Effects of intrauterine inflammation on developing rat brain

Authors

  • Michael J. Bell,

    Corresponding author
    1. Stroke Branch, National Institute of Neurological Diseases and Stroke, National Institute of Health, Bethesda, Maryland
    2. Center for Neuroscience Research, Children's Research Institute, Children's National Medical Center, George Washington University School of Medicine, Washington, D.C.
    • Center for Neuroscience Research, Children's Research Institute, Children's National Medical Center, 111 Michigan Avenue, NW, Washington, DC 20010
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  • John M. Hallenbeck

    1. Stroke Branch, National Institute of Neurological Diseases and Stroke, National Institute of Health, Bethesda, Maryland
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Abstract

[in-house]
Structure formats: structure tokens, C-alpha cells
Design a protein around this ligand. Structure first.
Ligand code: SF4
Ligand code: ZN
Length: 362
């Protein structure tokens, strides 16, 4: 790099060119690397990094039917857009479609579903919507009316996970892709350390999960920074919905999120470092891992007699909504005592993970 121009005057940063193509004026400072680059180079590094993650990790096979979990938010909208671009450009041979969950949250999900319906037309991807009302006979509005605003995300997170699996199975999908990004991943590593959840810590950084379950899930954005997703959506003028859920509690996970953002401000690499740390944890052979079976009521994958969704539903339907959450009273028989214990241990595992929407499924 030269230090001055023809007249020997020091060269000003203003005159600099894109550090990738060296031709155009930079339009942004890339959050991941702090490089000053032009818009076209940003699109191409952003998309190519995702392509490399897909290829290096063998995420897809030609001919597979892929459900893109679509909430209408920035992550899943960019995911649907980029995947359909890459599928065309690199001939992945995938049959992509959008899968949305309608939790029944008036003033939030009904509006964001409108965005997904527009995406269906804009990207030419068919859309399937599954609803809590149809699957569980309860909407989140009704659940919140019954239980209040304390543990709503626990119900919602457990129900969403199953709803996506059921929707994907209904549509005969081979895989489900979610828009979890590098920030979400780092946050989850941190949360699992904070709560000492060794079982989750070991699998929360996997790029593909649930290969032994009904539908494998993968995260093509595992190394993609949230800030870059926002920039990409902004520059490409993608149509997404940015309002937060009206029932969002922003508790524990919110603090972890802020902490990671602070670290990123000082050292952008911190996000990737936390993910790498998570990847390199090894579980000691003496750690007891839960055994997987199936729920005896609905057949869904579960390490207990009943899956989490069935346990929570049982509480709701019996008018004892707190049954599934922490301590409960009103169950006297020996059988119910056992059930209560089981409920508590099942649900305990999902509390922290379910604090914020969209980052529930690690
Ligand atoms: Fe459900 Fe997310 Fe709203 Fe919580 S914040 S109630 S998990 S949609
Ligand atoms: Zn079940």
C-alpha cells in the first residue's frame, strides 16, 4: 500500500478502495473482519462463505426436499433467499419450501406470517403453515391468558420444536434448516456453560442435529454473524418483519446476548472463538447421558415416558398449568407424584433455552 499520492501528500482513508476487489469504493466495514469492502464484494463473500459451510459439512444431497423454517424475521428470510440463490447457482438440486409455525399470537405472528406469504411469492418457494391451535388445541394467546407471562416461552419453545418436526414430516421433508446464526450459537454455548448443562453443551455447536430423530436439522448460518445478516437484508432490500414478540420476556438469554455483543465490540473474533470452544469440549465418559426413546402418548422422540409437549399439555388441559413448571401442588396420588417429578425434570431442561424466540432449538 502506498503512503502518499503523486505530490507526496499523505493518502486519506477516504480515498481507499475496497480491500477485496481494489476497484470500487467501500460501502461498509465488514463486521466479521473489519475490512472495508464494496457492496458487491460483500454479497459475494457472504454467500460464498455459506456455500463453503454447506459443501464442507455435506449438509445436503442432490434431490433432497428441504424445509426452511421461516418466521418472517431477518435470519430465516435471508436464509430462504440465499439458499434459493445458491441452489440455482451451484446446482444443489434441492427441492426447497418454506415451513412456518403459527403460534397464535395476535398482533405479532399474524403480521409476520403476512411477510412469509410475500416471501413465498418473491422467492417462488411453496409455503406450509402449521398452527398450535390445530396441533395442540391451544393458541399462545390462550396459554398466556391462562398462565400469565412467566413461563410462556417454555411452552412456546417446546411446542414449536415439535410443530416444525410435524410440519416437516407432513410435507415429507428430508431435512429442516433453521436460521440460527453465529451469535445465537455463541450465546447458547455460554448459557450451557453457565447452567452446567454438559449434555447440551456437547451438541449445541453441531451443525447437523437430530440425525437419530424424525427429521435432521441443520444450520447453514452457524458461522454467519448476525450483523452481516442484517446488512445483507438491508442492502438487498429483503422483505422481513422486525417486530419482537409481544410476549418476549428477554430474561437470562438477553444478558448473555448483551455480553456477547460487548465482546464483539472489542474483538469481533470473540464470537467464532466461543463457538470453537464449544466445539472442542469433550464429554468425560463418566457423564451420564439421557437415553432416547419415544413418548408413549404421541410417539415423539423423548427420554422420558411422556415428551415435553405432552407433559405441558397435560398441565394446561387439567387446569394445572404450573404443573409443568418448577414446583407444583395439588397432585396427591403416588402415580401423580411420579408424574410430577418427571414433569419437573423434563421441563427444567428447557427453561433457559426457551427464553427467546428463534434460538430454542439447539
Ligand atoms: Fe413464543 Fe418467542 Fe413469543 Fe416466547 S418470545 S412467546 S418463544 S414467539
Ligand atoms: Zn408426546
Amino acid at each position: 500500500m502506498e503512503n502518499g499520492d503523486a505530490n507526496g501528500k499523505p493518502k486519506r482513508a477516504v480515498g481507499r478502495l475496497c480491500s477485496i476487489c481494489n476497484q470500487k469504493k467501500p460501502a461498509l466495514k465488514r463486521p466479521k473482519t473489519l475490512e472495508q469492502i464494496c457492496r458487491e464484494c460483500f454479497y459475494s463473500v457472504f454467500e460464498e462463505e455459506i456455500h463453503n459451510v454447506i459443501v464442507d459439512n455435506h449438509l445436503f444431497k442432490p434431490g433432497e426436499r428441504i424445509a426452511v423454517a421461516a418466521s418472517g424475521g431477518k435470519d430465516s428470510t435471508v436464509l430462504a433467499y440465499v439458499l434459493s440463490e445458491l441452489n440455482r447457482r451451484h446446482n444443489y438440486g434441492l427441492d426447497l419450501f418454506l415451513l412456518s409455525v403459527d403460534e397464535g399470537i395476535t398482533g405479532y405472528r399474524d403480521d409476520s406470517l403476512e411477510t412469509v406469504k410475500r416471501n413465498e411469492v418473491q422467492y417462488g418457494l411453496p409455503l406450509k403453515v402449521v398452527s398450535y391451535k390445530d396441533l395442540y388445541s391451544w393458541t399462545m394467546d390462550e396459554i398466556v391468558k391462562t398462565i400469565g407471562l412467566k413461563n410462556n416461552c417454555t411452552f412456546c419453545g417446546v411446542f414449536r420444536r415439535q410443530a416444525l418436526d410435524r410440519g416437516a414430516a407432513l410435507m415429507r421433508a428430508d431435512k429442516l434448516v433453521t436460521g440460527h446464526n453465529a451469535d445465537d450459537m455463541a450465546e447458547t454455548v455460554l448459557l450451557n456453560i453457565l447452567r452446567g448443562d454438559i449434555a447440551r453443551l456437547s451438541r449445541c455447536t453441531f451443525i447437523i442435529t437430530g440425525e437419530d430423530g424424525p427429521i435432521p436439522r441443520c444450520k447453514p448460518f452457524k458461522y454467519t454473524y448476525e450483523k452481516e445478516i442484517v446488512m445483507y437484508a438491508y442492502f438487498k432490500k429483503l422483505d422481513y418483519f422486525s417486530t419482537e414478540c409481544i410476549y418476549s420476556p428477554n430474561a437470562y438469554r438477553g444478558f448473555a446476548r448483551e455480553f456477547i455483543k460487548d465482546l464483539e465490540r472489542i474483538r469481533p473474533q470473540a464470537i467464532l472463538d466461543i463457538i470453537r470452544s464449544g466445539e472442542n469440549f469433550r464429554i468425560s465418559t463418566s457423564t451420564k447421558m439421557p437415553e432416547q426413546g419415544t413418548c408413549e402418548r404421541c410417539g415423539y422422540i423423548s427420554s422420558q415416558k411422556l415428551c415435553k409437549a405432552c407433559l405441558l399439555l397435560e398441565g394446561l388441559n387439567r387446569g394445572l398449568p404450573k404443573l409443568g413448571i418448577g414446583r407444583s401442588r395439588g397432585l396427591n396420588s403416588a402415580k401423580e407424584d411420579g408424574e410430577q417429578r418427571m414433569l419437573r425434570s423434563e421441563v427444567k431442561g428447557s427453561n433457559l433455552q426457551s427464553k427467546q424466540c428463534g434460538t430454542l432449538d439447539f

Damage to the white matter in the brain during development can lead to cerebral palsy (CP), a heterogeneous group of clinical syndromes that results in life-long disorders of movement and posture. Periventricular leukomalacia (PVL) is a pathological process within the white matter characterized by oligodendrocyte loss and is associated with the development of CP. Clinically, CP and PVL are associated with intrauterine infection and inflammation, but mechanisms involved are not well understood. We developed a model of intrauterine inflammation in Lewis and Fischer 344 rats to study the effects of intrauterine inflammation on developing glia. Pregnant rats were intracervically injected with lipopolysaccharide (LPS) at 15 days of gestation (E15) and a dose of LPS that caused low fetal mortality was determined. At E20, treated fetuses had increased TUNEL+ nuclei and tumor necrosis factor (TNF)-α-immunoreactive areas within the brains. In a second series of animals allowed to survive until postnatal day 21 (PND 21), immunostaining was performed against several glial markers. Staining for the oligodendrocyte-specific proteins 2′, 3′-cyclic nucleotide phosphodiesterase (CNP) and myelin proteolipid protein (PLP) was decreased in treated pups compared to shams within the corpus callosum, a white matter structure used as a representative area of developing white matter. Treated pups had activated astrocytes lining cerebral blood vessels, as observed by glial fibrillary acidic protein (GFAP) staining, while sham pups did not. Activated microglia were not detected using OX42 as a cell marker. Our model of intrauterine inflammation causes increased TUNEL and TNF-α staining early after injury, suggesting increased apoptotic cell death, possibly by cytokine-related mechanisms. © 2002 Wiley-Liss, Inc.

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